An enlarged or reduced representation of an object that is usually intended for study purposes.
1. The sum of all the areas of all the faces or surfaces that enclose a solid. 2. The sum of all the areas of all surfaces of a solid.
Drawings that convey all of the information needed to manufacture and assemble a design.
American Society of Mechanical Engineers (ASME)
1. A professional engineering organization that is known for setting codes and standards for mechanical devices in the United States. ASME drawing standards are found in the Y-14M publications. 2. The acronym for the American Society of Mechanical Engineers.
An orthographic view of an object using a direction of sight other than one of the six basic views (front, top, right-side, rear, bottom, left-side); used to show a surface that is not parallel to any of the principal view planes.
Cutting Plane Line
A line drawn on a view where a cut was made in order to define the location of the imaginary section plane.
Degree of Freedom
The variables by which an object can move. In assemblies, an object floating free in space with no constraints to another object can be moved along three axes of translation and around three axes of rotation. Such a body is said to have six degrees of freedom.
An assembly drawing in which parts are moved out of position along an axis so that each individual part is visible.
A list of materials or parts specified for a project. Also referred to as a bill of materials or BOM.
A line used to show the alternate positions of an object or matching part without interfering with the main drawing.
Lines that are used to represent the material through which a cut is made in order to show an interior sectional view.
A drawing that shows the interior of an object as it would appear if cut in half or quartered.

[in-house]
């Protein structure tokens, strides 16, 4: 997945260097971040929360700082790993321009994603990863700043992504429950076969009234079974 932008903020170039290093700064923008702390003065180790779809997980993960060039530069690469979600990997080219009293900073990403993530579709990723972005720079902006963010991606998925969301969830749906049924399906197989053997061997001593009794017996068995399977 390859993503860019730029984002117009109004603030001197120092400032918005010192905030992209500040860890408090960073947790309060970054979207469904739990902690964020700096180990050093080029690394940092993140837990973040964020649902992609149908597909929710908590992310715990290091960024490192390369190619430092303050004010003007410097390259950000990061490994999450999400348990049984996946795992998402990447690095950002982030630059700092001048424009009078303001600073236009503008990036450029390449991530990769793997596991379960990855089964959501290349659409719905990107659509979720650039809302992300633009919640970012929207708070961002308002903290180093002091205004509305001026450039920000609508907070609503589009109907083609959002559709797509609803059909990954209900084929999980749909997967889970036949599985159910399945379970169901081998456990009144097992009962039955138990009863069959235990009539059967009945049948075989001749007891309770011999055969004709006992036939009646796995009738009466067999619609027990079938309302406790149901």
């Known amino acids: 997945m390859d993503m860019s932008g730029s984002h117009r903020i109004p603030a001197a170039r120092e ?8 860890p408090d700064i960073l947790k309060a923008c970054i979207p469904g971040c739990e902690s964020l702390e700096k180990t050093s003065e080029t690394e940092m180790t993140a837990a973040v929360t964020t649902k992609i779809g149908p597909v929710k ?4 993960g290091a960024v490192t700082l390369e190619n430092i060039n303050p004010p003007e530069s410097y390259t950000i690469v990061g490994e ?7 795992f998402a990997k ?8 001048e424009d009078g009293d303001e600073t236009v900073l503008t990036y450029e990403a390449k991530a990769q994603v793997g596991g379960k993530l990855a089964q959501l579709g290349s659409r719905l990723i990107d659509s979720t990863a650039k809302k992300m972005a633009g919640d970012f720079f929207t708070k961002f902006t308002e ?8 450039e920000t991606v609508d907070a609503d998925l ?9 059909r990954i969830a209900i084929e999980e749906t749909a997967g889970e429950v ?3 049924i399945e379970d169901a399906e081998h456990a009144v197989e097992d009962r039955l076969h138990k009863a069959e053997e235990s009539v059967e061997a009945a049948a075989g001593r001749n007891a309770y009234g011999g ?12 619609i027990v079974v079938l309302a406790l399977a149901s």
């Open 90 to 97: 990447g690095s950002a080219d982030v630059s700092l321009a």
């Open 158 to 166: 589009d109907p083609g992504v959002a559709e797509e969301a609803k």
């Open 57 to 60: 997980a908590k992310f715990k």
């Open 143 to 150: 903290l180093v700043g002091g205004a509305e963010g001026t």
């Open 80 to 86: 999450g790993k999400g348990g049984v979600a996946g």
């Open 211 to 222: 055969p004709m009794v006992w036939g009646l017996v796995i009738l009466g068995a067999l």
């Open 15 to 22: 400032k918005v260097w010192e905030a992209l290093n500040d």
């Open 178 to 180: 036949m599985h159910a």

A shallow recess like a counterbore, used to provide a good bearing surface for a fastener.
Energy transmitted and controlled by means of a pressurized fluid, either liquid or gas. The term fluid power applies to both hydraulics and pneumatics.
The process of taking something apart and analyzing its workings in detail, usually with the intention to understand function, prepare documentation, electronic data, or construct a new or improved device or program, without actually copying from the original.
The study of workplace equipment design or how to arrange and design devices, machines, or workspace so that people and things interact safely and most efficiently.
Occupation Safety and Health Administration: A government organization whose mission is to assure the safety and health of America's workers by setting and enforcing standards; providing training, outreach, and education; establishing partnerships; and encouraging continual improvement in workplace safety and health.
Stages a product goes through from concept and use to eventual withdrawal from the market place.
A time and activity bar chart that is used for planning, managing, and controlling major programs that have a distinct beginning and end.
Principles of right action, binding upon the members of a group and serving to guide, control, or regulate proper and acceptable behavior.